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Legal, financial help a must when splitting retirement money

On Behalf of | Dec 14, 2018 | Divorce

Living in Orange County, California, is expensive; we all know that. And when you divorce, your finances will be more important than ever as you face living in a two-income community on just one income. But you have a better chance of long-term financial health if you have help from your lawyer and financial adviser in the divorce process to make wise decisions. Start with your 401(k) retirement account.

Since California is a community property state, the accounts are considered joint property. This means a court generally will divide the accounts in an equal share. You and your spouse, if you agree, could present an alternate plan to the judge, however. That might occur if one of you earns considerably more than the other. Once that agreement is made, you will need a Qualified Domestic Relations Order (QDRO) for the judge to sign and for you to submit to the plan administrator. That allows for money to transfer hands.

Make sure the decision that is made follows the rules of your 401(k) plan administrator. The exact way money is split will depend on those regulations that administrators have put into place to comply with the Employee Retirement Income Security Act (ERISA). Your attorney and financial adviser will need to have copies of the rules as they go through the process.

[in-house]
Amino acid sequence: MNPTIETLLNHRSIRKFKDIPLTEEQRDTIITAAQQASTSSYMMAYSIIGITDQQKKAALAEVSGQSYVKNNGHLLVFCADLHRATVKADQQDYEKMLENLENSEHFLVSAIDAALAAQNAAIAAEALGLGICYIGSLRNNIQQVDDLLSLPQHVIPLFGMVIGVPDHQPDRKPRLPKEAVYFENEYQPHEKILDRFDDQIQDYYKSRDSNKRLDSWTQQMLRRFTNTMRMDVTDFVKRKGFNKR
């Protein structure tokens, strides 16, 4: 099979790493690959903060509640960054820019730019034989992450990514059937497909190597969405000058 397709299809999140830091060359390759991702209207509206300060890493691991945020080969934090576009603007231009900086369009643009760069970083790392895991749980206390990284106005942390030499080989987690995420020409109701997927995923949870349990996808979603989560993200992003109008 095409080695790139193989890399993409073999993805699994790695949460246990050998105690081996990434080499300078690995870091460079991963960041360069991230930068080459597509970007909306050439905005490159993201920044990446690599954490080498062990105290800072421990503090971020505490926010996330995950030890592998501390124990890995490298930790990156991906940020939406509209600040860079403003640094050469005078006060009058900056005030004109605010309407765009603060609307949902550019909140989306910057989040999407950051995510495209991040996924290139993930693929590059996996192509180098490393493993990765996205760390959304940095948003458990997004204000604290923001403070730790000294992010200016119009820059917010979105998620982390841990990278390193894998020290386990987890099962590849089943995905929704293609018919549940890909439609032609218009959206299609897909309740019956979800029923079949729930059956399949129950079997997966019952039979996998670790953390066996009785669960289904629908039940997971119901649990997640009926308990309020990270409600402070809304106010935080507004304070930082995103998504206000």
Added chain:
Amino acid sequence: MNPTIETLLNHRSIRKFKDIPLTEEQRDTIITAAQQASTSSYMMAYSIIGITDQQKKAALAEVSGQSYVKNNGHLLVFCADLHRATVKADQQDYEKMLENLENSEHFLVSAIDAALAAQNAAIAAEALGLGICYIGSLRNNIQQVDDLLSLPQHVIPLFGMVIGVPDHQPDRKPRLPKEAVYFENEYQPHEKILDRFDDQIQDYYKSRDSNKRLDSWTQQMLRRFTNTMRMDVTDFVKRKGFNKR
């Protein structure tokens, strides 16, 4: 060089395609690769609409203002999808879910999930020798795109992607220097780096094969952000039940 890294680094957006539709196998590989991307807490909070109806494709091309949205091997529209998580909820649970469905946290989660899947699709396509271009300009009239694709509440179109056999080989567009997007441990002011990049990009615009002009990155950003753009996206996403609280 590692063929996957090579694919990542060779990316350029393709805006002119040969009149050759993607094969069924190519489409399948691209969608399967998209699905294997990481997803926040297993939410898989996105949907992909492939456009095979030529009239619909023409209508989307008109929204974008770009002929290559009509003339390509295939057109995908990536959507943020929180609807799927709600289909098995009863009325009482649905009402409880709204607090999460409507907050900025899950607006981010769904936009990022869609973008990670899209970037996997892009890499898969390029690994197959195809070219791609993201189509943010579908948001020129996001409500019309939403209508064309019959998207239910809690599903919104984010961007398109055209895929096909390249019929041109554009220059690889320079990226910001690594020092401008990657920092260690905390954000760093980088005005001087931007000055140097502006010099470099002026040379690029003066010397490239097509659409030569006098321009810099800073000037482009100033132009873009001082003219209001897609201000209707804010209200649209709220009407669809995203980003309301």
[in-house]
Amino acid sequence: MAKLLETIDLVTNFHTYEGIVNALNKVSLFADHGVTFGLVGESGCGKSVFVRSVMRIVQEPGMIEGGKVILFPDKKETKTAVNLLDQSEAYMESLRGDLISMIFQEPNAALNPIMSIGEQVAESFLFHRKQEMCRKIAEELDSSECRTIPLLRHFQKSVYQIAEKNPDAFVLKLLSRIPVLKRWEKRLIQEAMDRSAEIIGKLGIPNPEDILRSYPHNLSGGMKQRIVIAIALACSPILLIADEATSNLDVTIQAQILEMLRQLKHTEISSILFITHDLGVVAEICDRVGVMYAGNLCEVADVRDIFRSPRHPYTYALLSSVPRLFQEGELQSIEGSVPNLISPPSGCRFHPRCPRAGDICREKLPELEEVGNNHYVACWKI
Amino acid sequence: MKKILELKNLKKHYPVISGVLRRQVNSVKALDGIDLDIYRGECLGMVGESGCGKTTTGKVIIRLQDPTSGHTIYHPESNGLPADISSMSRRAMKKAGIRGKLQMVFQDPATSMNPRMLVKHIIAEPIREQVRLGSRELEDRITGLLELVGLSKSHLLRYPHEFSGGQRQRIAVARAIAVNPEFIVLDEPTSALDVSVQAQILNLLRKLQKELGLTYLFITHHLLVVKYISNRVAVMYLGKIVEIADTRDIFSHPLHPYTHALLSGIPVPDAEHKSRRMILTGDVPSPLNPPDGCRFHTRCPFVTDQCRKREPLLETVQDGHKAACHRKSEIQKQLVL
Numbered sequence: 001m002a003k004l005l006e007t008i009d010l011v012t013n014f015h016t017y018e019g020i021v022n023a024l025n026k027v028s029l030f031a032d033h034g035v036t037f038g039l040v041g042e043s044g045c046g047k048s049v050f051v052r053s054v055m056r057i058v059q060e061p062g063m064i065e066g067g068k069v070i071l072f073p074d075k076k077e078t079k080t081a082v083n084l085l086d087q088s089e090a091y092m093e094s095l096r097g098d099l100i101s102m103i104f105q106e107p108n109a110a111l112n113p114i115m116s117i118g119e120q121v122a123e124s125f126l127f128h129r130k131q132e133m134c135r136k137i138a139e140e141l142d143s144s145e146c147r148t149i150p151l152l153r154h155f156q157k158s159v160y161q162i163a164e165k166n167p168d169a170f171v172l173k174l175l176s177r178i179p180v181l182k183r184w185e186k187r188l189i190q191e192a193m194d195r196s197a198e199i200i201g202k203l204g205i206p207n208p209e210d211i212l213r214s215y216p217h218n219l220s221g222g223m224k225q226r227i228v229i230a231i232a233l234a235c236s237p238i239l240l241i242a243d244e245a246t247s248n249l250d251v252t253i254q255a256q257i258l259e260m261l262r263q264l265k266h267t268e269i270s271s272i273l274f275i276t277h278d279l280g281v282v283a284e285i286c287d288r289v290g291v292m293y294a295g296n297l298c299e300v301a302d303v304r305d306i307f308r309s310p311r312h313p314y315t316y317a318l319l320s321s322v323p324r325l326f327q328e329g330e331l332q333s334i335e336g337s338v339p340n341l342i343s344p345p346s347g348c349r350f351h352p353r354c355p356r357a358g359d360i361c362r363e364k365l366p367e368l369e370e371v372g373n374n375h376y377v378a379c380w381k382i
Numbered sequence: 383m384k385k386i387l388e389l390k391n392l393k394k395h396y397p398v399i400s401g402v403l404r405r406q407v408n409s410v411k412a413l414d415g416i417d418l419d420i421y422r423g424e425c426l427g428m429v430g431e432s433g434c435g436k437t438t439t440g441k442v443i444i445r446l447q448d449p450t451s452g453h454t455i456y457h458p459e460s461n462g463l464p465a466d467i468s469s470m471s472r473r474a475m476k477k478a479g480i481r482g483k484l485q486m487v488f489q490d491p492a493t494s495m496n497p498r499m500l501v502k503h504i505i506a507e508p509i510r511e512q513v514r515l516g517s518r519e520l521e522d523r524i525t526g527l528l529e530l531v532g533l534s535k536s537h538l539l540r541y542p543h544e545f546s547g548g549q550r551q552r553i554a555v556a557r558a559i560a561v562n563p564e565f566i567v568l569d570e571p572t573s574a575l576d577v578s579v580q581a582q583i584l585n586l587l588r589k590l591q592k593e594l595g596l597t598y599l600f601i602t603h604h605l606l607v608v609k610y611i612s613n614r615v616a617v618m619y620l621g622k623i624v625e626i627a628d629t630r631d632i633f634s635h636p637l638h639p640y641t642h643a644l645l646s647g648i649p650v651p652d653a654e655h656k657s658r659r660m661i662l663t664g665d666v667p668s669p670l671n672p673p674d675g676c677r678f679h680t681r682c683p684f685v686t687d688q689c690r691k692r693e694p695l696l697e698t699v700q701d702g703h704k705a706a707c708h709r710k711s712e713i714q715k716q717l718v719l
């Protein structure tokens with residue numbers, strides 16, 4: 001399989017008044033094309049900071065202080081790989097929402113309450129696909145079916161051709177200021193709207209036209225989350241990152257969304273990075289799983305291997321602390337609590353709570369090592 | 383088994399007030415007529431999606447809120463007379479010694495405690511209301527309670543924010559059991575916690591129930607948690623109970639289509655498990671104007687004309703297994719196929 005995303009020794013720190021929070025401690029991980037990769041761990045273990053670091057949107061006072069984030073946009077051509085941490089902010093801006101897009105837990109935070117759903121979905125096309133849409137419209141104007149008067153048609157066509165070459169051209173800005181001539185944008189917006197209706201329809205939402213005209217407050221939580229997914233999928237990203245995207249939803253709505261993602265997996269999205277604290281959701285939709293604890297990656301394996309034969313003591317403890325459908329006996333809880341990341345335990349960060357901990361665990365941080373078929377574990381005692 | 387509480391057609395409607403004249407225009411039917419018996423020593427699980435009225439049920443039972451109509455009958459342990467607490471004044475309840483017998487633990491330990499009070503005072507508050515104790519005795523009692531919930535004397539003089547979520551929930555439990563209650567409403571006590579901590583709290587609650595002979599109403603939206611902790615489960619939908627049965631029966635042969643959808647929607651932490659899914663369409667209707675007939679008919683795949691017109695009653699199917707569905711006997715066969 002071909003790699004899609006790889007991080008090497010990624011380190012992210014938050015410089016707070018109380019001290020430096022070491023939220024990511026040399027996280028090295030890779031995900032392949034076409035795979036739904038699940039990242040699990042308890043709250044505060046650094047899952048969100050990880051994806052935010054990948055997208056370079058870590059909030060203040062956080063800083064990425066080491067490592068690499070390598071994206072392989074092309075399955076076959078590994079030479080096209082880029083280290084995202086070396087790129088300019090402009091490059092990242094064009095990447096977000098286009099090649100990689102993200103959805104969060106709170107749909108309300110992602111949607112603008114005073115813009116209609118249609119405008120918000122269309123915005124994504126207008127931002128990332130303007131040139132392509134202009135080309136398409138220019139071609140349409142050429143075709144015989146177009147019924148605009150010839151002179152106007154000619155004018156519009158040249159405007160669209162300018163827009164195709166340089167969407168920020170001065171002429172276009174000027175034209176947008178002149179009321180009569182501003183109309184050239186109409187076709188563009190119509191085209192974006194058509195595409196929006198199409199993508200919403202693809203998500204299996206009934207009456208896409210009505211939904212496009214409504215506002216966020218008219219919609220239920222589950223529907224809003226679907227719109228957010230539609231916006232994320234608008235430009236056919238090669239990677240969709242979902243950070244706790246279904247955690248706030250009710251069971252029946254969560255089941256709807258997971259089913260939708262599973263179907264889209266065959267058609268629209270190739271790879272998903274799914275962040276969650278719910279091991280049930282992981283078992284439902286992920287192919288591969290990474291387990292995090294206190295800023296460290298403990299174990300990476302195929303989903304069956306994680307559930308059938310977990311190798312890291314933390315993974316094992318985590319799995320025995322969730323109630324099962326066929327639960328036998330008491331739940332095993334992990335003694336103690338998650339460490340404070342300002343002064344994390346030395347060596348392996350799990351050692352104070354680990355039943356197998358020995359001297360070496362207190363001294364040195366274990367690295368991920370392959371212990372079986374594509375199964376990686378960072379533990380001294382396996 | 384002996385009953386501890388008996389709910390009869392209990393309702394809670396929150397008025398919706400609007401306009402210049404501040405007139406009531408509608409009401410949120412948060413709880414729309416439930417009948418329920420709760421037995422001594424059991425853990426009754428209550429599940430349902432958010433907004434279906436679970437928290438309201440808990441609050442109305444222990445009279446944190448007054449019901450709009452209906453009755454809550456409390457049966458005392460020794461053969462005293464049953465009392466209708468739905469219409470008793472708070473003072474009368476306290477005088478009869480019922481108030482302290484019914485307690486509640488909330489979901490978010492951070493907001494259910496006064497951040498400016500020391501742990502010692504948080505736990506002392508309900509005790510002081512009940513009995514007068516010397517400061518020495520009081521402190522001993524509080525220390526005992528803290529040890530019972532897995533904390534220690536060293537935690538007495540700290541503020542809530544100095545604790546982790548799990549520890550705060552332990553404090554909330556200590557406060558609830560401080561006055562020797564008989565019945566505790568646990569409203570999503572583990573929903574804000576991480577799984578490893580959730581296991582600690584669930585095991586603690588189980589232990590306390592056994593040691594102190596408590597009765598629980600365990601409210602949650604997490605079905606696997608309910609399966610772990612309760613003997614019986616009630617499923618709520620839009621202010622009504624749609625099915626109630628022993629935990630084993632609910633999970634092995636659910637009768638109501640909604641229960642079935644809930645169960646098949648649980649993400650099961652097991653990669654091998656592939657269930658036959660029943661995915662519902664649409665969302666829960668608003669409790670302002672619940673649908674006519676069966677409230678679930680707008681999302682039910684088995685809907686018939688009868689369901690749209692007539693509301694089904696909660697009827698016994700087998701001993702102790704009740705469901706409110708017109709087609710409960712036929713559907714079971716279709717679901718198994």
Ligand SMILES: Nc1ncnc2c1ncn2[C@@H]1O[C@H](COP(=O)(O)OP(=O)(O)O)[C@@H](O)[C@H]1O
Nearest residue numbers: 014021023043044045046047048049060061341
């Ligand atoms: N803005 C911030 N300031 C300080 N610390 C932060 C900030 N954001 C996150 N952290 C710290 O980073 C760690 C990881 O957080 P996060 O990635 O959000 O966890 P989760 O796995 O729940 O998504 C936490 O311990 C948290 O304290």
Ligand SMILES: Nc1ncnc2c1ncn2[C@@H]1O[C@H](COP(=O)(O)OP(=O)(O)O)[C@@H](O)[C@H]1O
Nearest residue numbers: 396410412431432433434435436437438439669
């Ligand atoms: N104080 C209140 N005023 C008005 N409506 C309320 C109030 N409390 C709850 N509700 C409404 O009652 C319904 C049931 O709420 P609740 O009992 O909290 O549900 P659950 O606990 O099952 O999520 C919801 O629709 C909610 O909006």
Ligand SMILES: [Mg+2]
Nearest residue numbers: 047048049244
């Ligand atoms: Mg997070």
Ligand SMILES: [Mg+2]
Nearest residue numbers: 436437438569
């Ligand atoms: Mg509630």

Once the divorce is finalized and the QDRO is submitted, money can safely be transferred without penalties. That also could be done by rolling over the funds into an IRA –though if you choose that path, be sure to find out if any penalties could apply.

If you need the money right away, and if it is allowed by the approved QDRO, you could take a lump-sum cash distribution without facing a tax penalty, no matter how old you are. Income tax still would be due, however.

Divorce is hard enough without having to deal with financial decisions that are hardly run-of-the-mill and trying to interpret this alphabet soup of laws. These rules are difficult to interpret without professional help. Make sure to have an experienced family law attorney, and a financial adviser, if necessary, on your side.

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